Seniors uncover secrets of cosmic rays

Paige Hopkins, Staff Writer

While many Liberty seniors spend their final year of high school combating the symptoms of Senioritis, seniors Trevor Sytsma, Joel Tinseth and Quinn Magendanz are focusing on something a bit more complicated: cosmic rays.

Their interest in the subject began at the end of their junior year when Honors Physics teacher Mark Buchli encouraged them to complete an independent research project their senior year, an opportunity offered to a select few Liberty students who pass Honors Physics. The students spend the whole year researching a topic of their choice, and present their findings to the faculty in May. Tinseth, Sytsma and Magendanz settled on cosmic rays after attending a Quarknet Cosmic Ray workshop at the University of Washington and learning how to study cosmic rays.

“I took this class because I wanted to try something different and really just invest myself,” Tinseth said. “It’s something that would be done at a college level typically.”

So, you may wonder, what exactly are cosmic rays? Well, when a star explodes in a supernova, it ejects a lot of particles—called cosmic rays. The three seniors are studying the hydrogen atoms that are ejected from the supernova at near the speed of light. At that speed, hydrogen atoms are stripped of their electrons and become protons. When those protons hit Earth’s atmosphere they collide with air molecules and create a shower of secondary particles. One of these particles is called a muon. By studying those particles Tinseth, Sytsma and Magendanz can learn about the original collisions—the cosmic rays.

Most of their first semester was spent setting up and calibrating the equipment, basically getting things ready to gather data. Now, the students are getting into the thick of their research.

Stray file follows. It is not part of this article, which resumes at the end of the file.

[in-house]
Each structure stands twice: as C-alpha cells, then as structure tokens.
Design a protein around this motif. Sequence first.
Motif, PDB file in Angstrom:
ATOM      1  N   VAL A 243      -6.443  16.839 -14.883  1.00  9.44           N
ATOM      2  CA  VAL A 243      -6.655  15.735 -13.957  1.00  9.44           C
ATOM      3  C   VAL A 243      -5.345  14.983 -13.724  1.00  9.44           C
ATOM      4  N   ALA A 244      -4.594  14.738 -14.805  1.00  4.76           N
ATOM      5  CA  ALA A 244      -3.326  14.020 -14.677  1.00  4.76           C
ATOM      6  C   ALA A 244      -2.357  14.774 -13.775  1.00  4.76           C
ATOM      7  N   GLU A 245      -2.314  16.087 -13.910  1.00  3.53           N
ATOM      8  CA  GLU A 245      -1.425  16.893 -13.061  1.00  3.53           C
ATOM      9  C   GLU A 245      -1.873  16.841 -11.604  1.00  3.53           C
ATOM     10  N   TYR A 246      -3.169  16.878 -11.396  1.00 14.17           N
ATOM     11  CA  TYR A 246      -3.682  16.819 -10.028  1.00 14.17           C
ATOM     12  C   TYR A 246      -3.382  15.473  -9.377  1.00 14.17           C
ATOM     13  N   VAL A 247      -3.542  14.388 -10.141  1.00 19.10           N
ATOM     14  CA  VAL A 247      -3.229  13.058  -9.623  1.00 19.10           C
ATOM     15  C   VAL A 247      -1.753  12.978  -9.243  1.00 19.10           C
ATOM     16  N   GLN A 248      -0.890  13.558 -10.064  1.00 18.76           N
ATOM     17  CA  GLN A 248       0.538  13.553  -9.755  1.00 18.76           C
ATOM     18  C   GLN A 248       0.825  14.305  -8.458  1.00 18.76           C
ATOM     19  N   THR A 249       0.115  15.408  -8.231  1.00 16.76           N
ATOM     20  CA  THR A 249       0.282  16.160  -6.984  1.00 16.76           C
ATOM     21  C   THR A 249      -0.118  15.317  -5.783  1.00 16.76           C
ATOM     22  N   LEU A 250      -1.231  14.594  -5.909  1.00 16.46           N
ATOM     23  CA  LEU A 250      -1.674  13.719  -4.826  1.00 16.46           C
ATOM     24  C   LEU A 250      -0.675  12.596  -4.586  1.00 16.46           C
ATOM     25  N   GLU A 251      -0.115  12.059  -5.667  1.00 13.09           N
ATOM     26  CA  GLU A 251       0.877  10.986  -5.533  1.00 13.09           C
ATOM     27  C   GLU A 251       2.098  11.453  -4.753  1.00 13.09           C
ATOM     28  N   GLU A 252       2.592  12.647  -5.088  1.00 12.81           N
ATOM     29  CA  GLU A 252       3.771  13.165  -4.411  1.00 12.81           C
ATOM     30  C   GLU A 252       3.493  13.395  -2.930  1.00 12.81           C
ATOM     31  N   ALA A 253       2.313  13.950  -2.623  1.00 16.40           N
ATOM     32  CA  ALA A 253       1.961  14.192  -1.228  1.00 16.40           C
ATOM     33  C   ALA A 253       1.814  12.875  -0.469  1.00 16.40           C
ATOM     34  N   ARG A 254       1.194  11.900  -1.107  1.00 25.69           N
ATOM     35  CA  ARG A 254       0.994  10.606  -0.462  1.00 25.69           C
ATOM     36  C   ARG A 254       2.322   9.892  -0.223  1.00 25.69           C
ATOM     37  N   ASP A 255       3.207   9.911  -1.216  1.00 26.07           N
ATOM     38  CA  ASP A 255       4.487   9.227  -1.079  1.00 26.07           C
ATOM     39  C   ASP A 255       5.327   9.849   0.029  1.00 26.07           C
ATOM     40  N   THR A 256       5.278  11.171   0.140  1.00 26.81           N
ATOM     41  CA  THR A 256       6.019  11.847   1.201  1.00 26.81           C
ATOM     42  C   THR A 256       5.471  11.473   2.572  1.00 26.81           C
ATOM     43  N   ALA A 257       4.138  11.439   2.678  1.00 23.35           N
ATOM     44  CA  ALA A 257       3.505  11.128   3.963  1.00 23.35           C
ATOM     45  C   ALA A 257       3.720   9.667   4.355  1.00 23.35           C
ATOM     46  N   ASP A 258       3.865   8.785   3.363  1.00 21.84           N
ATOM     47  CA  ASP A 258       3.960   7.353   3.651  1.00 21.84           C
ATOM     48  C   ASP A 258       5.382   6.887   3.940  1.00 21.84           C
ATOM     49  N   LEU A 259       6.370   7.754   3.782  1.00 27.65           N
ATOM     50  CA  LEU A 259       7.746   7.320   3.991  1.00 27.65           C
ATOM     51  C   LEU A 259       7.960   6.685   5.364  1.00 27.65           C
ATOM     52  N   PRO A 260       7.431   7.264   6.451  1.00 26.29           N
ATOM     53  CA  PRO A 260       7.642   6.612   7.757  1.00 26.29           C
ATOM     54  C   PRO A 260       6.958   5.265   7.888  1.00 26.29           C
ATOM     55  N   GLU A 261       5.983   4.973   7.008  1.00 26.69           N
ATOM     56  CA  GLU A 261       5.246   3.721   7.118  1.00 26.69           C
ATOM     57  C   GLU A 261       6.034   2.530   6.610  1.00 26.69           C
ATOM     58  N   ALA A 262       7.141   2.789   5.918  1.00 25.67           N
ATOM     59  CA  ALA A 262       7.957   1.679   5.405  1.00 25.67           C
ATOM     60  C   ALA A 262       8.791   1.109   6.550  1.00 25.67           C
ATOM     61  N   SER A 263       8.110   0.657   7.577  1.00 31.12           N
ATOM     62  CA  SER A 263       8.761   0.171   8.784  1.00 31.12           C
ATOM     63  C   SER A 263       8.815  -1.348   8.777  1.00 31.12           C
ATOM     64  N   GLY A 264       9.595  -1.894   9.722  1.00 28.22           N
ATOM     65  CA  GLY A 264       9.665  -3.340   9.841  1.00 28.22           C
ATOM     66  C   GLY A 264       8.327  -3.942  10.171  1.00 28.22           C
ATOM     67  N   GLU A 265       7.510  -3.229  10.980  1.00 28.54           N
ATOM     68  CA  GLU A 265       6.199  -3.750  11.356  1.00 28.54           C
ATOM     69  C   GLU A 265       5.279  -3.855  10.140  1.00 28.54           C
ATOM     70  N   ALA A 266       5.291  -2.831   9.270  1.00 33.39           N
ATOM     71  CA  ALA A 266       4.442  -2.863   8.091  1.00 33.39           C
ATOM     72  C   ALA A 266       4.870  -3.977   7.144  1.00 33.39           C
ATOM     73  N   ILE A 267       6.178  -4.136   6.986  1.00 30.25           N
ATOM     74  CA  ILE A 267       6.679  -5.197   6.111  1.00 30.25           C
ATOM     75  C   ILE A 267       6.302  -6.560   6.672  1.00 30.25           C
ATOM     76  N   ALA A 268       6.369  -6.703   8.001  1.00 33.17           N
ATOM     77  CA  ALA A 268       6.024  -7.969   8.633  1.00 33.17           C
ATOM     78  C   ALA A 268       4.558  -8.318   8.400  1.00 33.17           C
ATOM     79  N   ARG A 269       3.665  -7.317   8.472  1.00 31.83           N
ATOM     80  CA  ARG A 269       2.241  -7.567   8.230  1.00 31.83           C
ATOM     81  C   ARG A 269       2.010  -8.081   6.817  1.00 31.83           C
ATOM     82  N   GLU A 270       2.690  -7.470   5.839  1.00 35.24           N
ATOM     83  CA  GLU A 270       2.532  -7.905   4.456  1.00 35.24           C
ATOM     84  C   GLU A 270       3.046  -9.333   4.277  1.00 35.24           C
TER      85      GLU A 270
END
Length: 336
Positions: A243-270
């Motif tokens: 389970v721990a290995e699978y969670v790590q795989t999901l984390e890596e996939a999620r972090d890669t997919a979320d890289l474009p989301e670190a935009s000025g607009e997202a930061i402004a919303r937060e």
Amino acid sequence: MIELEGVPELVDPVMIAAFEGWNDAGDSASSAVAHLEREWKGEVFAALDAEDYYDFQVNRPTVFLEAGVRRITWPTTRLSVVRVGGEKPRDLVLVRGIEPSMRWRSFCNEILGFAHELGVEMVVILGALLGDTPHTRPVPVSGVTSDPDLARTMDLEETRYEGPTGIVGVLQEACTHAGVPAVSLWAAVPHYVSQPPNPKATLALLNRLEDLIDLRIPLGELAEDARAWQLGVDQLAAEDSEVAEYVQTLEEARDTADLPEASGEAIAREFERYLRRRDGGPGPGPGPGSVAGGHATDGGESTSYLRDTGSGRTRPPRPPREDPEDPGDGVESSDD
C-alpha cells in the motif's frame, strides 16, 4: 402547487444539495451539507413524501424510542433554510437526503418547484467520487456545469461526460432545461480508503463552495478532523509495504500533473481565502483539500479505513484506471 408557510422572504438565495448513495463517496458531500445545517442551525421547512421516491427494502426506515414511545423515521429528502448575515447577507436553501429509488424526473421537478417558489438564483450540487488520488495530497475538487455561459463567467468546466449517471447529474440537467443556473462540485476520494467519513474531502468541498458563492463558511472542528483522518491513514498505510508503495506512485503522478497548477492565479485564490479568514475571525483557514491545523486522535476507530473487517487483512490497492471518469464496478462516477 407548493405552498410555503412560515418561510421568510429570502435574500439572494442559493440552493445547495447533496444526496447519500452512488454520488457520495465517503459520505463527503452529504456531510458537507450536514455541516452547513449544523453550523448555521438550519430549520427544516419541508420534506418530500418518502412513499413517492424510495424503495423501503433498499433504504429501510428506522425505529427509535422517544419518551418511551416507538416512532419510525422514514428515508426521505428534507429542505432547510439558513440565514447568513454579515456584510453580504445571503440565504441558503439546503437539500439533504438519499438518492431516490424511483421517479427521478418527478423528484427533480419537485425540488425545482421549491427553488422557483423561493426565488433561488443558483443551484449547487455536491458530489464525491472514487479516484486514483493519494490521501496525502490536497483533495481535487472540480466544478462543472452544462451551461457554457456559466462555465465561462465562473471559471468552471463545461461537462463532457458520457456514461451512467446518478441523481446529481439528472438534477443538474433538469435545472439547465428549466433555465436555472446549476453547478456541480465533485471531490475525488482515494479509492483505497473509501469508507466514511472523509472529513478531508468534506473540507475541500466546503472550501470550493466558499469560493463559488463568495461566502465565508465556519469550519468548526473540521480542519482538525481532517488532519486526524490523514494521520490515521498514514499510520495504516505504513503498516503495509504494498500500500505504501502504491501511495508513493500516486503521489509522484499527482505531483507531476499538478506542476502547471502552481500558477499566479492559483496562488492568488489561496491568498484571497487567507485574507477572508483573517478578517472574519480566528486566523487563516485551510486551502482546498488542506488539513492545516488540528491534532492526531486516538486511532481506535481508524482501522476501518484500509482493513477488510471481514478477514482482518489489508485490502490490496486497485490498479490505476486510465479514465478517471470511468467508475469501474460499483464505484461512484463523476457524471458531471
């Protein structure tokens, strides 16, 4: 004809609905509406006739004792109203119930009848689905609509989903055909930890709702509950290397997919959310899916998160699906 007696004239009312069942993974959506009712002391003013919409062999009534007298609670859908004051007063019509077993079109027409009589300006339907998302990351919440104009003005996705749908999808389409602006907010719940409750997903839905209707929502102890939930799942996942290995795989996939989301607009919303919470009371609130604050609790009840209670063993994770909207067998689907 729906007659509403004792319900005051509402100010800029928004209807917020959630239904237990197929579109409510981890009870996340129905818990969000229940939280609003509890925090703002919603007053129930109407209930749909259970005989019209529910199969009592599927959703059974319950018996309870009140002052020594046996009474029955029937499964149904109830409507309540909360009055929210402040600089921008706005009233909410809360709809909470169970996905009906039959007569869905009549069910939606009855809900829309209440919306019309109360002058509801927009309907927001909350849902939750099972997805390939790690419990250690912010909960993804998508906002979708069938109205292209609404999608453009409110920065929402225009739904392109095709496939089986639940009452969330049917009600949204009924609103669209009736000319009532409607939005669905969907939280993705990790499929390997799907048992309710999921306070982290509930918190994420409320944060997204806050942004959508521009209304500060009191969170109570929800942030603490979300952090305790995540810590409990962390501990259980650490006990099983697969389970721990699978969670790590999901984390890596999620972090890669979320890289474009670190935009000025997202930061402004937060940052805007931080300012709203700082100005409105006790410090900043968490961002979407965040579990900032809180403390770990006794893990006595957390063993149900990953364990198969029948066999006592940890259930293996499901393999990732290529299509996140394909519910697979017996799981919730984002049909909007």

Magendanz is studying how to block cosmic rays, which can cause electric circuits, an important part of computers, to malfunction. Since Magendanz hopes to go into computer engineering, he has been trying out various types of shields—everything from copper to electromagnetic ones—to evaluate their effectiveness in blocking the rays.

“[It’s as if] you had a bunch of people shooting someone, [and] you’re trying to put the shield in front of them to protect what’s behind it,” Magendanz said.

Right now the equipment is in Buchli’s classroom, but next Tuesday, Magendanz will move it to the roof of the school. Tinseth and Sytsma have been setting up the equipment called counters, in different configurations to investigate the effect on the amount of cosmic rays that come through.

“Recently we ran what’s called a Zenith angle experiment,” Sytsma said. “We have this apparatus, which is four stacks of counters, and we rotated them, so that we would get cosmic rays coming from different angles.”

After presenting to the Liberty staff the three will present their research to the Issaquah School Board. The other students conducting independent research projects—Signe Stroming, who is investigating the melting rates of sea ice, Christine Chappelle and Jordan Raymond, who are building a submarine that will test water quality, and Anne Wu and Jin Chen who are building an aquaponics unit—will present as well. They hope, their efforts will secure funding for next years independent research students.

“We want to leave a legacy behind, of high caliber research, and really push what a high schooler can do,” Tinseth said.